Enhanced resistance to the cellulose biosynthetic inhibitors, thaxtomin A and isoxaben in Arabidopsis thaliana mutants, also provides specific co-resistance to the auxin transport inhibitor, 1-NPA
© Tegg et al.; licensee BioMed Central Ltd. 2013
Received: 19 October 2012
Accepted: 30 April 2013
Published: 3 May 2013
Thaxtomin A (TA) is a phytotoxin produced by plant pathogenic Streptomyces spp. responsible for potato common scab. TA inhibits cellulose biosynthesis in expanding plant tissues and is essential for disease induction. Auxin treatment of various plant tissues has been repeatedly demonstrated to inhibit TA toxicity and to reduce common scab. This work utilises Arabidopsis thaliana mutants with resistance to cellulose biosynthesis inhibitors (CBIs) to investigate the interaction between TA, other CBIs and auxins.
Three CBI resistant A. thaliana mutants; txr1-1 (tolerance to TA), ixr1-1 (tolerance to isoxaben - IXB) and KOR1 (cellulose deficiency), showed no altered root growth response to treatment with natural or synthetic auxins, nor with the auxin efflux transport inhibitor 2,3,5-Triiodobenzoic acid (TIBA). However, all mutants had significantly enhanced tolerance to 1-napthylphthalamic acid (NPA), another auxin efflux transport inhibitor, which blocks polar auxin transport at a site distinct from TIBA. NPA tolerance of txr1-1 and ixr1-1 was further supported by electrophysiological analysis of net H+ fluxes in the mature, but not elongation zone of roots. All three mutants showed increased tolerance to IXB, but only txr1-1 showed tolerance to TA. No mutant showed enhanced tolerance to a third CBI, dichlobenil (DCB).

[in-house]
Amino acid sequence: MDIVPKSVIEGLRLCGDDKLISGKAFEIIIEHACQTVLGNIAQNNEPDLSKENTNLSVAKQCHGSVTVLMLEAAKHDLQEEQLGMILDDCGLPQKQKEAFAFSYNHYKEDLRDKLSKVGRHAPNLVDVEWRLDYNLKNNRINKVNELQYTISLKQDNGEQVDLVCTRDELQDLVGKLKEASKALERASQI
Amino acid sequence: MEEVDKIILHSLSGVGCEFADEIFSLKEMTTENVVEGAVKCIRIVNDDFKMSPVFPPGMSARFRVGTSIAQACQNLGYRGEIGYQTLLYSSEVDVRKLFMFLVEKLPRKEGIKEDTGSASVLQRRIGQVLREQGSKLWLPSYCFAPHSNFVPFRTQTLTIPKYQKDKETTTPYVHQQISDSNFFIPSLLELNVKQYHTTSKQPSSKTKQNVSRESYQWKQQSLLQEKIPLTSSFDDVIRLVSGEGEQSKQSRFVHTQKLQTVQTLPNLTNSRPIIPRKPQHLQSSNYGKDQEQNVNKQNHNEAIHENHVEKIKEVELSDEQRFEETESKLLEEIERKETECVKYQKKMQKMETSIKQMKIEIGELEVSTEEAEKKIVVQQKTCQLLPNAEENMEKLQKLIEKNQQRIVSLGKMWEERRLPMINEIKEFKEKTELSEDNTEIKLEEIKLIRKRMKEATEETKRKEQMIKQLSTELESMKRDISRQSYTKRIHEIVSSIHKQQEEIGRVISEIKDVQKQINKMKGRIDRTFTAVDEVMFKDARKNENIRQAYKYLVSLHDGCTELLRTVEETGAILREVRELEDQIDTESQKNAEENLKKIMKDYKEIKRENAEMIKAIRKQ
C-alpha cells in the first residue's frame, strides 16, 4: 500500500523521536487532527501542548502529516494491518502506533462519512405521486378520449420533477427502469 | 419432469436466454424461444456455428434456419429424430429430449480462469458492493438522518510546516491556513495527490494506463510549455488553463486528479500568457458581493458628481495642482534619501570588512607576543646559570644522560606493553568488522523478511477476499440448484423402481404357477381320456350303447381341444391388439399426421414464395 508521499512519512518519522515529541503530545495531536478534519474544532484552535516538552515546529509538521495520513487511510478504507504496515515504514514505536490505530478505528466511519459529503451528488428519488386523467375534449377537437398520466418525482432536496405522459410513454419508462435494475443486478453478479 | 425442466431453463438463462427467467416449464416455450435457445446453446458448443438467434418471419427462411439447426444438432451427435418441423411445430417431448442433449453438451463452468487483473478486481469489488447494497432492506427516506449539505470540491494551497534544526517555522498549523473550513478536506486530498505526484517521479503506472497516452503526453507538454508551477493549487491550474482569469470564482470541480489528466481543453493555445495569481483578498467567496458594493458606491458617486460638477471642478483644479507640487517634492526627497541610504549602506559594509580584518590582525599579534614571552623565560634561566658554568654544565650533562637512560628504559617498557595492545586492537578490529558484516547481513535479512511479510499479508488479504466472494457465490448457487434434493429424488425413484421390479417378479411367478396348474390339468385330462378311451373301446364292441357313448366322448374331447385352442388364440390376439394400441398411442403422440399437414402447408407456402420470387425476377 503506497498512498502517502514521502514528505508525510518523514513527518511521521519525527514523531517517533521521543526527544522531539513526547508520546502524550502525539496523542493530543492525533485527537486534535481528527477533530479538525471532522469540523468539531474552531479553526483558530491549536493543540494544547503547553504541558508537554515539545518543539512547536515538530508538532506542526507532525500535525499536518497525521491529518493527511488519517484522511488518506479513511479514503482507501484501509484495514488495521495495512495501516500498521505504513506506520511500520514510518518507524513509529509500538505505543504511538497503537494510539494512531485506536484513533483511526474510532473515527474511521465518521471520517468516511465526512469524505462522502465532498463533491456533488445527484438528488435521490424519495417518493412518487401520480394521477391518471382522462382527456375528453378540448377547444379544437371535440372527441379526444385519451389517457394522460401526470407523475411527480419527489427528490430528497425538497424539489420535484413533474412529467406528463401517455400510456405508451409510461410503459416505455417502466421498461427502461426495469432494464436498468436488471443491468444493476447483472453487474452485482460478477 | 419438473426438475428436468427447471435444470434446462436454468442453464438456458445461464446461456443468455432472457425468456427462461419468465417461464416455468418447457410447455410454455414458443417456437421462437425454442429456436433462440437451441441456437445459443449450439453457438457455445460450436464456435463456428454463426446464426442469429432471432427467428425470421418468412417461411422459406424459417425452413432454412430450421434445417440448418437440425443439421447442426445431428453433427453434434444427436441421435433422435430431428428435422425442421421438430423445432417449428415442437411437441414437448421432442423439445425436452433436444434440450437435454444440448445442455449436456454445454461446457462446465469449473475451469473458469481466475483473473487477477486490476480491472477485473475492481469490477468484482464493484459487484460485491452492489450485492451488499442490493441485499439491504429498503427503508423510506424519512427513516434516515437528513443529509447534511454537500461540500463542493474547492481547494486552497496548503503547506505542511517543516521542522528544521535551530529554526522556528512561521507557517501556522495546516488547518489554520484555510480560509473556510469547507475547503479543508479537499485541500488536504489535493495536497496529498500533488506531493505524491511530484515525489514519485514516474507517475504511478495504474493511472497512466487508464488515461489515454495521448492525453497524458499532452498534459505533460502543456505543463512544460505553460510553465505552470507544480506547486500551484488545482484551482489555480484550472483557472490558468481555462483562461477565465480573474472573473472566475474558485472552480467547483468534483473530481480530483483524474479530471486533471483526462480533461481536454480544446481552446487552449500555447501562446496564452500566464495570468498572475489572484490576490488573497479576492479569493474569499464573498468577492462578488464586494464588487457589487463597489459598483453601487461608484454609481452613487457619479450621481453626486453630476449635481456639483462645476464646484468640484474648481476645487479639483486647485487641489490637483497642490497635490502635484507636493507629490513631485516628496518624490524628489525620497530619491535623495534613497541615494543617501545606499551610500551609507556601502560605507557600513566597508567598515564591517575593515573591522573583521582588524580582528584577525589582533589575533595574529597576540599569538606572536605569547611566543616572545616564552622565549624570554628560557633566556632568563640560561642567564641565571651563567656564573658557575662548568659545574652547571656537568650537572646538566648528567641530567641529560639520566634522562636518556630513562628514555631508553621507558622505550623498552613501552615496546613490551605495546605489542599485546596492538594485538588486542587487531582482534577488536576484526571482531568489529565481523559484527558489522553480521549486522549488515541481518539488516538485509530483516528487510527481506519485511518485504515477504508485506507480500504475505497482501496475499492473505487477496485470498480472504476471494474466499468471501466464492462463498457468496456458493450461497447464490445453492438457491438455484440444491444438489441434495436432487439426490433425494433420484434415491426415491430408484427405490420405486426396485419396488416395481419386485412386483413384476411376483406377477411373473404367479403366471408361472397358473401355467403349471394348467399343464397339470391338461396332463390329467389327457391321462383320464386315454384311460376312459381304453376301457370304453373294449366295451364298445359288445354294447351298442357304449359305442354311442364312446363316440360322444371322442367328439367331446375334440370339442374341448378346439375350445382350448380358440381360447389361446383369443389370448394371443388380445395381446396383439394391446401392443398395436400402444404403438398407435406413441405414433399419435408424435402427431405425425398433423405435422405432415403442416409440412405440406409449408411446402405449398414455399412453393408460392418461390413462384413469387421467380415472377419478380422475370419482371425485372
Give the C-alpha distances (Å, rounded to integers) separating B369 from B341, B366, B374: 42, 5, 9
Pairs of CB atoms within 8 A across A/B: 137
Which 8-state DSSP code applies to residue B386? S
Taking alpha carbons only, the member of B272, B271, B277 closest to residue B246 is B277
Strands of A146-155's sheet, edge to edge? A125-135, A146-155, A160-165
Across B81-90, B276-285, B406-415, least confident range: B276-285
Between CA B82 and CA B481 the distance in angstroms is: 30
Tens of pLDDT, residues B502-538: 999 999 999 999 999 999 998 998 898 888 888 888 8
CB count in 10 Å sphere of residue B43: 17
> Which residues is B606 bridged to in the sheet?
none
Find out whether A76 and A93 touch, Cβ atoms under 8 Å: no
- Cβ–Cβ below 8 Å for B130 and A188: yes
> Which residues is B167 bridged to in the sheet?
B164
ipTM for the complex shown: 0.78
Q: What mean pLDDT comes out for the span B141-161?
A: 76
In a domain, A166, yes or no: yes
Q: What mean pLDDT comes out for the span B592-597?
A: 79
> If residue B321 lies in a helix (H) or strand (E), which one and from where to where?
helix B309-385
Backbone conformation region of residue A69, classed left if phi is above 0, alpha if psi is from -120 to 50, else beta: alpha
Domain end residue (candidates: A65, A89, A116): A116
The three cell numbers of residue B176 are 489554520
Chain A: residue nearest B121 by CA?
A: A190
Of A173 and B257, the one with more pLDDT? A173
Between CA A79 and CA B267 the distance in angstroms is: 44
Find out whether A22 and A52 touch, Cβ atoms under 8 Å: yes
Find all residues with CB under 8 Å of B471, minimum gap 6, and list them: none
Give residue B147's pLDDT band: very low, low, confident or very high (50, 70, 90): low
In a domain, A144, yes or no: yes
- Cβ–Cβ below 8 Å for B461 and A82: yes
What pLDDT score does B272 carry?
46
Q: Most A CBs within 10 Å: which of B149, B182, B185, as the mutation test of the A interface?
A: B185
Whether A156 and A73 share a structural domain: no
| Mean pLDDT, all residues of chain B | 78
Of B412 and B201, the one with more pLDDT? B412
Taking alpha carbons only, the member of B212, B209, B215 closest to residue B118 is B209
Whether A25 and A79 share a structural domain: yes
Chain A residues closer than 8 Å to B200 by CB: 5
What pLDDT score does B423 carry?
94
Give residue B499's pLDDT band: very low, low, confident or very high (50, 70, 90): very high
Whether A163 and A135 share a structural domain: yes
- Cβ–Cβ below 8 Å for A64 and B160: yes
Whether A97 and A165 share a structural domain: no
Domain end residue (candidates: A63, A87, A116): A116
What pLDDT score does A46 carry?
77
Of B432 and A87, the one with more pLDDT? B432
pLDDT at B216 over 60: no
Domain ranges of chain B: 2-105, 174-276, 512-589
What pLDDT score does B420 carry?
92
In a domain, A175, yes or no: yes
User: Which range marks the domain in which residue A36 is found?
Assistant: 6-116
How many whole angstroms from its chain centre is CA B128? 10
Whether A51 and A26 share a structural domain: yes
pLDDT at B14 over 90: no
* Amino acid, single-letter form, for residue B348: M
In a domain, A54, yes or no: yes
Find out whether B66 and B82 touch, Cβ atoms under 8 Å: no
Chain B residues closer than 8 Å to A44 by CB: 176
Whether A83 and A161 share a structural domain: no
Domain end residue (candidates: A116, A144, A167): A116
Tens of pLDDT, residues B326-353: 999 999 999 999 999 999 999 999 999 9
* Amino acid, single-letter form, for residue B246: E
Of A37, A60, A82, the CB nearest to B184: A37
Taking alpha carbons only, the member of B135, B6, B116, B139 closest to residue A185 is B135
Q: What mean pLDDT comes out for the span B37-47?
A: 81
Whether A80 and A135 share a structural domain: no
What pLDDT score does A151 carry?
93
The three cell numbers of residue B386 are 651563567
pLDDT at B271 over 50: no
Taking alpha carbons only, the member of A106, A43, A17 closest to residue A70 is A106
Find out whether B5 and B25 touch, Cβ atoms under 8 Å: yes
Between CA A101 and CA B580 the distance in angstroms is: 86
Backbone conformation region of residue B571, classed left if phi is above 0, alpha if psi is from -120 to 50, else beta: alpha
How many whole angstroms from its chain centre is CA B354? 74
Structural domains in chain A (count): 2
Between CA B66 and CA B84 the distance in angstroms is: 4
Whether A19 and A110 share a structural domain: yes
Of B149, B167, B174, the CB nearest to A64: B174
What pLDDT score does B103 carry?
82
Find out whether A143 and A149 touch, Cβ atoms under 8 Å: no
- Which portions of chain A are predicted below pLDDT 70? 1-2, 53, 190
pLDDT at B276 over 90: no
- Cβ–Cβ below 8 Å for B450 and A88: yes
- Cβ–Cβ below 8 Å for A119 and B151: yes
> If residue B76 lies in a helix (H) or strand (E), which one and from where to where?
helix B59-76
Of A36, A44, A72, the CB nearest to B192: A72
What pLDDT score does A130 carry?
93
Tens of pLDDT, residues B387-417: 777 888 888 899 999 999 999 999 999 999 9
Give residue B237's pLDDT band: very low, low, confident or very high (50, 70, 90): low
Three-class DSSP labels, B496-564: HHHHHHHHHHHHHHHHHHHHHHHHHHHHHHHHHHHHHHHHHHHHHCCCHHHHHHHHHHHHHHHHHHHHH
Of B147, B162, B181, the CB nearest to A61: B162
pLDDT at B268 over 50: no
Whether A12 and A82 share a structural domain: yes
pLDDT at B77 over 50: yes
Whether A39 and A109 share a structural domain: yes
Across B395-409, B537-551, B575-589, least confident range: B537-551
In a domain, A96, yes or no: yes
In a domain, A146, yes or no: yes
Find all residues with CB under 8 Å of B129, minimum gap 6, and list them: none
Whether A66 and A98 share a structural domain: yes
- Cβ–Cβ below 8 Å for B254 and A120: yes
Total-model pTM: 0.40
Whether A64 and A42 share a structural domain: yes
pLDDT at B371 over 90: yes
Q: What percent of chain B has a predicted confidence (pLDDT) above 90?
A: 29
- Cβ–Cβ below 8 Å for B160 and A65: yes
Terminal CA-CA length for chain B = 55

We have demonstrated that plant tolerance to TA and IXB, as well as cell wall synthesis modifications in roots, have resulted in specific co-resistance to NPA but not TIBA. This suggests that CBI resistance has an impact on polar auxin efflux transport processes associated with the NPA binding protein. We also show that NPA inhibitory response in roots occurs in the mature root zone but not the elongation zone. Responses of mutants to CBIs indicate a similar, but not identical mode of action of TA and IXB, in contrast to DCB.
Keywords1-napthylphthalamic acid - NPA 2,3,5-Triiodobenzoic acid - TIBA Thaxtomin A Isoxaben Dichlobenil Cellulose biosynthetic inhibitor Common scab Ion fluxes Plasma membrane
Thaxtomin A (TA) is the major phytotoxin produced by pathogenic Streptomyces spp. responsible for common scab, a globally important disease of potato . TA inhibits cellulose biosynthesis in expanding plant tissues and its production is essential for disease induction [2–4]. Based on similarity of symptoms produced, TA is believed to be closely related to other cellulose biosynthesis inhibitors (CBIs) such as isoxaben (IXB) and dichlobenil (DCB) . The linkage of the modes of actions of these compounds has been confirmed with habituation studies to TA, revealing cross-resistance to both IXB and DCB , although mechanisms of resistance were not investigated.